The case never made it to trail because Judge Gene Paul Kean tossed the case out of court before it made it in front of a jury, while Kean lectured the prosecution about letting inter-office politics spill into the state’s judiciary system. As South Dakota Public Radio broadcaster Vicky Wicks revealed on Wednesday, Oct. 9, Taliferro was attempting to get his arrest record expunged so he can answer truthfully when asked if he has been arrested.

Read Wicks excellent and incisive article here:

The Lakota People’s Law Project believes unequivocally that the Mette Rape Scandal emphasizes the corruption that is inherent in South Dakota’s Department of Social Services (DSS). The state clearly believes it can destroy the lives of young Native children and shield child rapists with impunity. Anyone who dare question their method of operations will be subject to retaliation and have their careers and reputations sullied.

For more background of the Mette Rape Scandal please read the following:

The young Lakota foster children under the care of Richard and Wendy Mette repeatedly told the DSS about the abusive acts Richard Mette committed for more than a decade from 2001-2011, but the state did not want to believe them.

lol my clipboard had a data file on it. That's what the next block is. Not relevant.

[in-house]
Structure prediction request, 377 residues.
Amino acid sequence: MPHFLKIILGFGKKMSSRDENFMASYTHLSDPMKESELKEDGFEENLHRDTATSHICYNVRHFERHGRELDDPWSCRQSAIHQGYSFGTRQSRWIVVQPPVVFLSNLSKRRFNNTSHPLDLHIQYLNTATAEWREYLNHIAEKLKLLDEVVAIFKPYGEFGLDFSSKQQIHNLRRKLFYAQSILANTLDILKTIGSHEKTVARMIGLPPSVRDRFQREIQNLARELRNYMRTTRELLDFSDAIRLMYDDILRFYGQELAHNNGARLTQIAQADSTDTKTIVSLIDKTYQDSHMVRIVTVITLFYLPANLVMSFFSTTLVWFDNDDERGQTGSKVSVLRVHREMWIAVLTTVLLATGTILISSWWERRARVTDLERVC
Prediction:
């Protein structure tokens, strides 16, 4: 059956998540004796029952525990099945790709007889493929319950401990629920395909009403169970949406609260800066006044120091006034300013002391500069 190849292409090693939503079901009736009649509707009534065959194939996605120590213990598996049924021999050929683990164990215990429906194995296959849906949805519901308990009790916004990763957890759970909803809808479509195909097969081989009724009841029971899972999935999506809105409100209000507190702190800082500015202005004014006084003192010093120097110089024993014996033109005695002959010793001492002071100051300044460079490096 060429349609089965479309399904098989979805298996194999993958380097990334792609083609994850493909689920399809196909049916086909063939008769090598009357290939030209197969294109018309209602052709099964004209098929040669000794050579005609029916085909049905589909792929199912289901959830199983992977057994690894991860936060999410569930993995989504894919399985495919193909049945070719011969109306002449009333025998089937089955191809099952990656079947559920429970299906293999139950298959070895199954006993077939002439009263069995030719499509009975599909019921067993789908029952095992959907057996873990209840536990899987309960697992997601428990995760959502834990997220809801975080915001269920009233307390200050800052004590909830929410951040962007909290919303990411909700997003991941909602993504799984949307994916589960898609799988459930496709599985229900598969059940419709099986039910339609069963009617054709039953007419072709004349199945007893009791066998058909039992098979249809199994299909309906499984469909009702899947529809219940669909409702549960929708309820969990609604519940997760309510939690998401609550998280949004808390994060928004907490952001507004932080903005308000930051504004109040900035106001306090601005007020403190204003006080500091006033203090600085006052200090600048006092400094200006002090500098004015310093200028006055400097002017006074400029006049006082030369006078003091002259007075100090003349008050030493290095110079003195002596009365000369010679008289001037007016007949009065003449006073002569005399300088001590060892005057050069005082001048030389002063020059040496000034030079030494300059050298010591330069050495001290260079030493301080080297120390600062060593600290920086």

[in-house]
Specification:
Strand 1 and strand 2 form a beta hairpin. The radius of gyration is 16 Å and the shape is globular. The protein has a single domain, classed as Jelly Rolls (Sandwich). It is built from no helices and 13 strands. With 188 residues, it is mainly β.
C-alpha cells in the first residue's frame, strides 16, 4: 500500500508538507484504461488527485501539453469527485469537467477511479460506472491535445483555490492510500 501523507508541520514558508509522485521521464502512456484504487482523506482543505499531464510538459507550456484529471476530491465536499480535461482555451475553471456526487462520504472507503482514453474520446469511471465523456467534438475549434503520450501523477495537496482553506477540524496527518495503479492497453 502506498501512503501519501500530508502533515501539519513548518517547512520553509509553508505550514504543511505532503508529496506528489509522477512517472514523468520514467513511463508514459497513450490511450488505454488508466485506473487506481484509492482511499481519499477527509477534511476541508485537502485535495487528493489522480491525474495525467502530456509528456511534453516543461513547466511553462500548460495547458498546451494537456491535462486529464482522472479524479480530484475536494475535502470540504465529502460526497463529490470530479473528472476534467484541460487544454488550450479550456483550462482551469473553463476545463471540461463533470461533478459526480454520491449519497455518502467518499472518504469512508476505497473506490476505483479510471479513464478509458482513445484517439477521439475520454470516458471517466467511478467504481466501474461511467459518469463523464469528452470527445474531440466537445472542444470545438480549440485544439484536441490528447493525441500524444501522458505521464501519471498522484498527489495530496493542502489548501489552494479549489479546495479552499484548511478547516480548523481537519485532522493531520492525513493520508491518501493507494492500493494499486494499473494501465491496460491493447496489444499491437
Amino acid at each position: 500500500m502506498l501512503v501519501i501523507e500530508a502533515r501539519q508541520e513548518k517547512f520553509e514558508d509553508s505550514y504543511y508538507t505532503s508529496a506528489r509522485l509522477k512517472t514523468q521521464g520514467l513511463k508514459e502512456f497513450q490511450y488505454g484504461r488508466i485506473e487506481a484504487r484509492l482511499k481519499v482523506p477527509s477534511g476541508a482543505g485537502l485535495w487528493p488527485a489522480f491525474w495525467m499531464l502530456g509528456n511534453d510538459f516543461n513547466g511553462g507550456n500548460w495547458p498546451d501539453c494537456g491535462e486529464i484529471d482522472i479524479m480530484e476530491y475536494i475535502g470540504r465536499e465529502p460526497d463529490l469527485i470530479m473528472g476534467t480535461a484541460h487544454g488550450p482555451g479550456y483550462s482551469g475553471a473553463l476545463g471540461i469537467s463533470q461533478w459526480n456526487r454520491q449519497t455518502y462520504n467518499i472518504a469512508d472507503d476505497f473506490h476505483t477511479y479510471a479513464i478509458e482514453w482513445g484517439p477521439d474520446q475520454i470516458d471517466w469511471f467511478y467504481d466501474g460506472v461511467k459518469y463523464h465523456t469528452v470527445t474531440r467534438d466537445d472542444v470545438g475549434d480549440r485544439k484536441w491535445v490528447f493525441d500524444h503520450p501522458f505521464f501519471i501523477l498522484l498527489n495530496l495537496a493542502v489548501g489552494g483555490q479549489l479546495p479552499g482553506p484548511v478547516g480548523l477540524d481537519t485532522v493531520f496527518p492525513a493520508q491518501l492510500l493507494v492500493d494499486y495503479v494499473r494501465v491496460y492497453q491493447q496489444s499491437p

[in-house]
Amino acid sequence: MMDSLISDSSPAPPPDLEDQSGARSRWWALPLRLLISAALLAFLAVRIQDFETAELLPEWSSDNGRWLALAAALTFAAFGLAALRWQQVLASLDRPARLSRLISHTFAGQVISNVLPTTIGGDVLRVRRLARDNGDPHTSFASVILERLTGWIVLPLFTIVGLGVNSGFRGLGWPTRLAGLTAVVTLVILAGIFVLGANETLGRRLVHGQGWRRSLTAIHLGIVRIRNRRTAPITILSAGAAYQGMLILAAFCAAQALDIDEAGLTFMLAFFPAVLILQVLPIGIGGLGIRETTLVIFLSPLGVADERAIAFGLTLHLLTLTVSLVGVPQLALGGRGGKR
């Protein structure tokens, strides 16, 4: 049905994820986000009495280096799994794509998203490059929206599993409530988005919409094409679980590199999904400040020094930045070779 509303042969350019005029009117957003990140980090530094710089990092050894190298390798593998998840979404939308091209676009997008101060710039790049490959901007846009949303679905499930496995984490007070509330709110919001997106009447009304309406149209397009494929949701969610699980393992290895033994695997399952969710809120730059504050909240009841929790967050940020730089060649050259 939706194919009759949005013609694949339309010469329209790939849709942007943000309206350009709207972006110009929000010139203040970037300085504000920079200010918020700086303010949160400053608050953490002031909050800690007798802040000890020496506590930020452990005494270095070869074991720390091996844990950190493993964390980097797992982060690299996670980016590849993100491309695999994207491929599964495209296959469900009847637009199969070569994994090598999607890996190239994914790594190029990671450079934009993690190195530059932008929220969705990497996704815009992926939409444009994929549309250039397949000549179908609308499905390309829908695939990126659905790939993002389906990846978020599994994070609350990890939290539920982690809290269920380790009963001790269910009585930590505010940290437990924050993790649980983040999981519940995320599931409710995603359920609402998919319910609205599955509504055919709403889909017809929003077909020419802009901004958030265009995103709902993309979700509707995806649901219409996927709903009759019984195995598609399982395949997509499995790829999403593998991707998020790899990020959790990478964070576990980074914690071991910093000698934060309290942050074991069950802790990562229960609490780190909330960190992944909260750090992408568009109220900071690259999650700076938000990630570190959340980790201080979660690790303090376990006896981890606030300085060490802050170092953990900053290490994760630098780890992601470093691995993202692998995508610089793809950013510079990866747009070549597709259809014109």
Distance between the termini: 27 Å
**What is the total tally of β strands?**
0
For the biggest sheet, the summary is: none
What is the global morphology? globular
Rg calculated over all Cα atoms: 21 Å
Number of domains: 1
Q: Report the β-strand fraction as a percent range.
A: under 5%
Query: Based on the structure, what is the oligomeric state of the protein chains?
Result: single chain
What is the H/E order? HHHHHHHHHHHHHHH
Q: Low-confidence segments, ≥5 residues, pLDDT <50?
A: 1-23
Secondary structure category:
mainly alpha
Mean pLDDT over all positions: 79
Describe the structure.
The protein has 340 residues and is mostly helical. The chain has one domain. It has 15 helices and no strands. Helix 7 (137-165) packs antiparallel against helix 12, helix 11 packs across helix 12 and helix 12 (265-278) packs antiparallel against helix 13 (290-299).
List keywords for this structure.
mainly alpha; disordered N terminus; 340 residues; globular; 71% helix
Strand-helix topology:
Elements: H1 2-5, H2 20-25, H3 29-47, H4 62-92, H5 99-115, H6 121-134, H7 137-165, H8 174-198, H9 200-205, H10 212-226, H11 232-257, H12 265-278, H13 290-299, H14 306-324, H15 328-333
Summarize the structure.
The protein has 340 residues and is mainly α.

It was not until a doctor noticed marks of abuse on one of the children and alerted the police, that something was finally done. Taliaferro, a young prosecutor in the Brown County State Attorney’s Office, brought 23 counts against Richard Mette and 11 felony counts against Wendy Mette for a prolonged series of crimes too despicable to recount here.

The state, which stood to suffer embarrassment due to the case, did not allow the Mette case to go to trial, instead dropping 22 of the counts against Richard Mette and all counts against Wendy.

Richard Mette got 15 years in prison and is eligible for parole in 6½ years, instead of what should have been a life sentence.

However, the state’s malice did not stop there.

Instead of rallying around the children and prosecuting Richard and Gwendolyn Mette to the fullest extent, the state of South Dakota pushed back against Taliaferro and Schwab. During the trial the children were removed from the Mette home and put under the care of their older and capable sister, but the state of South Dakota chose to put the Lakota children back in the care of Gwendolyn Mette.